Sunday, April 14, 2013
60 Minutes" calls Marfa, Texas "The Capital of Quirkiness." The sweetly artsy spirit of this remote small town of far West Texas was precisely what appealed to me when I first came across it more than a decade ago-- and what drew me to start writing a book and podcasting about it back in January 2012. But as I delved in, reading and traveling and interviewing a wide variety of artists, scientists, business people and others, I soon realized that there's a far larger, more complex story, or rather, stories, to tell about the Big Bend region. Start with the fact that the Spaniards called it the Despoblado (Empty Quarter), and on pre-20th century maps it appears only vaguely as "La Apachería..." It's one of the earth's "Thin Places," to steal an Irish term-- and with a frightening history, a starkly beautiful swirl of landscape, border country. . . Watch "The Three Burials of Melquiades Estrada" for an idea of what it looks like.
So far, of the projected 24, I've posted 11 podcasts about the region. A few favorites:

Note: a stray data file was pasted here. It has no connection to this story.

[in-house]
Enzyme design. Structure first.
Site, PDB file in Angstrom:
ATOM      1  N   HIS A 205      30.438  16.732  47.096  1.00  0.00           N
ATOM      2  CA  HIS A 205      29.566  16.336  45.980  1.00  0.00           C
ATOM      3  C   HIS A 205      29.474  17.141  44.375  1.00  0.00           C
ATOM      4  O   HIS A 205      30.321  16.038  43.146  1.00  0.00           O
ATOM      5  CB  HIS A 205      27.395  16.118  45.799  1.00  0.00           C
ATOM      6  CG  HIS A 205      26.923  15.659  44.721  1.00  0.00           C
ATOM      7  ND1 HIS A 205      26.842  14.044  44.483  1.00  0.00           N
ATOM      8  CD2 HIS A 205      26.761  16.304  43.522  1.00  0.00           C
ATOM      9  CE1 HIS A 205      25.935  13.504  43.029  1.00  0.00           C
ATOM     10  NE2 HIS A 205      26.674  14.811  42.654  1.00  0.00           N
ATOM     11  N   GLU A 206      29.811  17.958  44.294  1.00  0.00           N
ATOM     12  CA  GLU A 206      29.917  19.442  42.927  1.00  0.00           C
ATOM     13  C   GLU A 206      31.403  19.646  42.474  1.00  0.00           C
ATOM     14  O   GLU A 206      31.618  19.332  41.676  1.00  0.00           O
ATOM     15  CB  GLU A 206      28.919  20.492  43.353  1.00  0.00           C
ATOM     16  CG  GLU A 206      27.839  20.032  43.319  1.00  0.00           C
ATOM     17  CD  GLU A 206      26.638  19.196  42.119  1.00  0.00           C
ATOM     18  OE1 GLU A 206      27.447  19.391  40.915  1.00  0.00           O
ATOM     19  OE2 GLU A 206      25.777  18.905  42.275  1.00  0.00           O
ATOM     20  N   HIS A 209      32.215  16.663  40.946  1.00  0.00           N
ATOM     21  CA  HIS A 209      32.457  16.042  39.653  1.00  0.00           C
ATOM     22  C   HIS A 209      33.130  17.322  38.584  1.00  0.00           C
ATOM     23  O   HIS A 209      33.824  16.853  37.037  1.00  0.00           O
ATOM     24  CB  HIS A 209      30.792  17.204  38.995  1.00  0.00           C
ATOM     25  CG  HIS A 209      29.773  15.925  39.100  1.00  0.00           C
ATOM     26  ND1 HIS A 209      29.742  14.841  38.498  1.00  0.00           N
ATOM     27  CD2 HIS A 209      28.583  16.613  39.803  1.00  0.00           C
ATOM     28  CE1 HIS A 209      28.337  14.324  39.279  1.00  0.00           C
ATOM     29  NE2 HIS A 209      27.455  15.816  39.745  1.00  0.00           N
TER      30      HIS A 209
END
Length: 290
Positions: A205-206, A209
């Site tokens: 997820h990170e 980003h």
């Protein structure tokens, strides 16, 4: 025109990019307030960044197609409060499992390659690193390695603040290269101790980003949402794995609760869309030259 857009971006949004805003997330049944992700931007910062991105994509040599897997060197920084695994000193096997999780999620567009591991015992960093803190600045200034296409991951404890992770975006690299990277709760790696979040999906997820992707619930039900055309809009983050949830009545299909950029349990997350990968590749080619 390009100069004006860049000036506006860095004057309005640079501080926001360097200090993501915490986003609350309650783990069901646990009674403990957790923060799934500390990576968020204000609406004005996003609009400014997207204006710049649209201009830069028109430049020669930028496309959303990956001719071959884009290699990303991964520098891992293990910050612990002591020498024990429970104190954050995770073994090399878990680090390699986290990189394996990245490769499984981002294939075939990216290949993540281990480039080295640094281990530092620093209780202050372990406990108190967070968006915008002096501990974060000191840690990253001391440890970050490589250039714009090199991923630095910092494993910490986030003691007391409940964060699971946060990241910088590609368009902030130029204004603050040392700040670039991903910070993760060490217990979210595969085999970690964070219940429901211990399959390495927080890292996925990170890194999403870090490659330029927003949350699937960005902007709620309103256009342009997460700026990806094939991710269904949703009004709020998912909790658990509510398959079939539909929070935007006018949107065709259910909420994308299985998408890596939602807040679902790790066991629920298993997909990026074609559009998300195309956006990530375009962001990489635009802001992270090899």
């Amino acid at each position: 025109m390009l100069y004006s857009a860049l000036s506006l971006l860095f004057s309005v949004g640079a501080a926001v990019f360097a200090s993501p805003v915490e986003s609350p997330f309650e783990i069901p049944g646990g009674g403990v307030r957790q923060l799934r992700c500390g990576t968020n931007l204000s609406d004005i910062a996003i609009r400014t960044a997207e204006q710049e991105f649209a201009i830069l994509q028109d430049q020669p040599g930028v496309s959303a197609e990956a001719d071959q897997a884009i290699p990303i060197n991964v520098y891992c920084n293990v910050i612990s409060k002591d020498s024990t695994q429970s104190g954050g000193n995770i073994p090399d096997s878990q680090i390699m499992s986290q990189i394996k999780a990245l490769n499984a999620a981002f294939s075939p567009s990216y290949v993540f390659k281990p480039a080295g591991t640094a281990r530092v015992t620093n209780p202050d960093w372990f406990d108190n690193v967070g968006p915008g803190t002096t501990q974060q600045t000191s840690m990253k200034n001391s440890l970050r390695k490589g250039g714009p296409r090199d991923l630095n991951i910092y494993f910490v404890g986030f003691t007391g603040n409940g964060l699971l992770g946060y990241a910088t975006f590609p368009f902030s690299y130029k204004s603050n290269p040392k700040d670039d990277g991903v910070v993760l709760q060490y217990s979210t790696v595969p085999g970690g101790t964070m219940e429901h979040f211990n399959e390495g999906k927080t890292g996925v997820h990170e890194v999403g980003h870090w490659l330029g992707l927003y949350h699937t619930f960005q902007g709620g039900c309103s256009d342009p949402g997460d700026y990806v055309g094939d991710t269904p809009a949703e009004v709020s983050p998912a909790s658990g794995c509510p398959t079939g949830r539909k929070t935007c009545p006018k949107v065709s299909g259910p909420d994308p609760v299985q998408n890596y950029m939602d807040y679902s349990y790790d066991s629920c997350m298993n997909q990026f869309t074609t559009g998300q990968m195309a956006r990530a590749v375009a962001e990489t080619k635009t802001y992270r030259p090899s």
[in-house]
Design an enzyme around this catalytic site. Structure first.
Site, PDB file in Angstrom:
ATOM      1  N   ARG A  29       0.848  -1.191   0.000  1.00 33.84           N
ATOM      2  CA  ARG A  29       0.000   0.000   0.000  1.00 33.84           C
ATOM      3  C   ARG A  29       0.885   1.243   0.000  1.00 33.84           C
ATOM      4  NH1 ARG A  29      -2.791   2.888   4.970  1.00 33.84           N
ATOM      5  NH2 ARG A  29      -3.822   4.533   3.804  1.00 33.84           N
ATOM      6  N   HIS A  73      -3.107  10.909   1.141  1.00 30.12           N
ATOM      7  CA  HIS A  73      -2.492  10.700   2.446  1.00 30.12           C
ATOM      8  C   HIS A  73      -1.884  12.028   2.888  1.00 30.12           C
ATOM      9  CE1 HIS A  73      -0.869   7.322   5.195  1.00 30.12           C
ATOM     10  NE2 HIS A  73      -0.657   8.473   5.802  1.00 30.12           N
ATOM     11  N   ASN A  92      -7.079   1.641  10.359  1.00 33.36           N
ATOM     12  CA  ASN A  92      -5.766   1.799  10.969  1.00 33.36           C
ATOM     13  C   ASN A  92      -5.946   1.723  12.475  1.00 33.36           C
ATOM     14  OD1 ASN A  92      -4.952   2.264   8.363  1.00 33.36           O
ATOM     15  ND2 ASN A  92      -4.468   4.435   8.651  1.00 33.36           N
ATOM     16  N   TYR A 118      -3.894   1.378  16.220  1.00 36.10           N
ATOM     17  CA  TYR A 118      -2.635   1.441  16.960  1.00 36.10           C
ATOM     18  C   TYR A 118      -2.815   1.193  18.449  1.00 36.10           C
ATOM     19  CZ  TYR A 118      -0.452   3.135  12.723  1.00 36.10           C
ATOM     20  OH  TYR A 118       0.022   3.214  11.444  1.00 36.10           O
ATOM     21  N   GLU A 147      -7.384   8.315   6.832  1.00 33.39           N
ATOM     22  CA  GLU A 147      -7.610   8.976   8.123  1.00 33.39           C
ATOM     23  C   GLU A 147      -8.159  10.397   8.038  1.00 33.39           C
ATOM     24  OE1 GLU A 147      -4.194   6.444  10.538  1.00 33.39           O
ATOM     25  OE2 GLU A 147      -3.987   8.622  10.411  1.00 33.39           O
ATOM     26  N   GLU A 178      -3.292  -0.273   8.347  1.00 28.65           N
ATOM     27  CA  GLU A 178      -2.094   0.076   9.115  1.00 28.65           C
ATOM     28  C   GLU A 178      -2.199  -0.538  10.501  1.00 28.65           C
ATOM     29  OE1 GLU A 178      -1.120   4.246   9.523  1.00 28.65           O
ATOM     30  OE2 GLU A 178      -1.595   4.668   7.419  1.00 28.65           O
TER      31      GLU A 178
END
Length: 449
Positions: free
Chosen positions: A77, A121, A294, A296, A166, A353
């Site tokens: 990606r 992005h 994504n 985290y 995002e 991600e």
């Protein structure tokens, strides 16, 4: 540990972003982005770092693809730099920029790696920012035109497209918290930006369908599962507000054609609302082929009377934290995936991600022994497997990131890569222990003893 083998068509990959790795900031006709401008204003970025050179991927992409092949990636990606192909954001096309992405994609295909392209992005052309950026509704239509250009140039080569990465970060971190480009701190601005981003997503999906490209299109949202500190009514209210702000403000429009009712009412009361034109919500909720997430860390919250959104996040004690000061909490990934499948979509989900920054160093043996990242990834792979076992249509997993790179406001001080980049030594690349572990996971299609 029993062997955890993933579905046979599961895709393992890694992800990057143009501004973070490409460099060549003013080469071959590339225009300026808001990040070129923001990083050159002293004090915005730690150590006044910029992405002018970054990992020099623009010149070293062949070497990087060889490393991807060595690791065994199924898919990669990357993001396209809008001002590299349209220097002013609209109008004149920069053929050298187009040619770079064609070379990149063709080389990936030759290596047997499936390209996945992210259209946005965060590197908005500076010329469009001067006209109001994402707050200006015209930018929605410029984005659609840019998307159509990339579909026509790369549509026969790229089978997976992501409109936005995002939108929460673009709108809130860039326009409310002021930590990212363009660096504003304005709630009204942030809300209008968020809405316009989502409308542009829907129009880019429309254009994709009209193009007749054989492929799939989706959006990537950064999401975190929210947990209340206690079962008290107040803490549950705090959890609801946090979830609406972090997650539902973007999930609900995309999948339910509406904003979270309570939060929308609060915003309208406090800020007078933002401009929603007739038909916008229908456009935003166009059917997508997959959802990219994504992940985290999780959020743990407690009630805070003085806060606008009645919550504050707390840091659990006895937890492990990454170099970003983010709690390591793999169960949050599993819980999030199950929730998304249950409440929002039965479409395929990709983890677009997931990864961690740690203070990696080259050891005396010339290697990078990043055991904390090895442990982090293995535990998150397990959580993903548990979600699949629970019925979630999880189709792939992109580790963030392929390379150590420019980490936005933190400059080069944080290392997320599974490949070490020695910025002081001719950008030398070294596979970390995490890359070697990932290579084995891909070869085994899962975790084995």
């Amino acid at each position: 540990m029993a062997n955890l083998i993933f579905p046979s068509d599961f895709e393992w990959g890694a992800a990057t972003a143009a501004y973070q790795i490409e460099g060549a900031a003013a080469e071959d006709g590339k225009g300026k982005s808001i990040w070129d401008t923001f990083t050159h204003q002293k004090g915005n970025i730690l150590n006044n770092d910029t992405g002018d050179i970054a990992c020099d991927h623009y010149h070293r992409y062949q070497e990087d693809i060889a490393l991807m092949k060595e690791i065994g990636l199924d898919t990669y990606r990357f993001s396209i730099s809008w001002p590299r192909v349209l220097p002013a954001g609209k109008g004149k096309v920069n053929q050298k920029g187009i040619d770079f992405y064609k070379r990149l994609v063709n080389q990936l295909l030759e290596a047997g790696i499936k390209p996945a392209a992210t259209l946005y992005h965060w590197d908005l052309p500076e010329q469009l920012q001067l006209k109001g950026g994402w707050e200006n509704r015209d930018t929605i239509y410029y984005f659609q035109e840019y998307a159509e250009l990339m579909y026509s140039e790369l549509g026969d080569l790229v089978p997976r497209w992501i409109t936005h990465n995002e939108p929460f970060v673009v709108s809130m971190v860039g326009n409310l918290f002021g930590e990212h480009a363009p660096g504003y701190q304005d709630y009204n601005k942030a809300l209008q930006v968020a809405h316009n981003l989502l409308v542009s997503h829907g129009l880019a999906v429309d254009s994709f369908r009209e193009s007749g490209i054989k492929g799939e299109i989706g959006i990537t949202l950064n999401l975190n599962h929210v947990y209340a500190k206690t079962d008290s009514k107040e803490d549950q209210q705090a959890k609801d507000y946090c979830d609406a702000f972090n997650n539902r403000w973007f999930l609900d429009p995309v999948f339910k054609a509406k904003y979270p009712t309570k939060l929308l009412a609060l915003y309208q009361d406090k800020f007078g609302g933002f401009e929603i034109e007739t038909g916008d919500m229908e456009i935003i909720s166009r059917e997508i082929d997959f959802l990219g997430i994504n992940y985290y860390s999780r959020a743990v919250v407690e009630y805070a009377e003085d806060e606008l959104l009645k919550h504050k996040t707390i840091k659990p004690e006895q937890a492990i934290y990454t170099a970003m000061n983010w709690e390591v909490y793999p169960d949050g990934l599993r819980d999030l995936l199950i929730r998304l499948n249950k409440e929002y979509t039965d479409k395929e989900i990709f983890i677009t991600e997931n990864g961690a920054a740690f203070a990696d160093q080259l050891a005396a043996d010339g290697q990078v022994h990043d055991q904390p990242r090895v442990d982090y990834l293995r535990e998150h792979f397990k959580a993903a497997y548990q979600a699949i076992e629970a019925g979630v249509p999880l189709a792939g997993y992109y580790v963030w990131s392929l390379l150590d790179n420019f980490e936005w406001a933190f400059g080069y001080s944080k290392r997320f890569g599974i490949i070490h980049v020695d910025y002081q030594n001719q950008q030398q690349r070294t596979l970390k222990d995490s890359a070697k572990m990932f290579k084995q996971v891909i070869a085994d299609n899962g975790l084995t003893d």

Cowboy Songs by Cowboys
A Visit to Swan House
Mary Baxter, Painting the Big Bend
We Have Seen the Lights
Charles Angell in the Big Bend
Listen in to all the podcasts anytime at www.cmmayo.com/marfa
Next podcast: an in-depth interview with Dallas Baxter, founder of Cenizo Journal.
Wednesday, April 10, 2013
>Read more in the San Antonio Express-News
I'll have a lot to say about these remote areas of the US-Mexico border in my "Marfa Mondays" podcasts and in my work-in-progress about far West Texas. Recently I visited the remains of the long demolished informal bridge over the Rio Grande at Candelaria. The river there was maybe 15 -20 feet across as I recollect, and I saw paw prints in the mud on both sides, going down from Mexico and coming up into Texas: a coyote, I mean canine, had crossed.
I'm also working on a podcast and an essay about the Big Bend National Park-- one of the most geologically varied and starkly beautiful places I have ever seen. Stay tuned.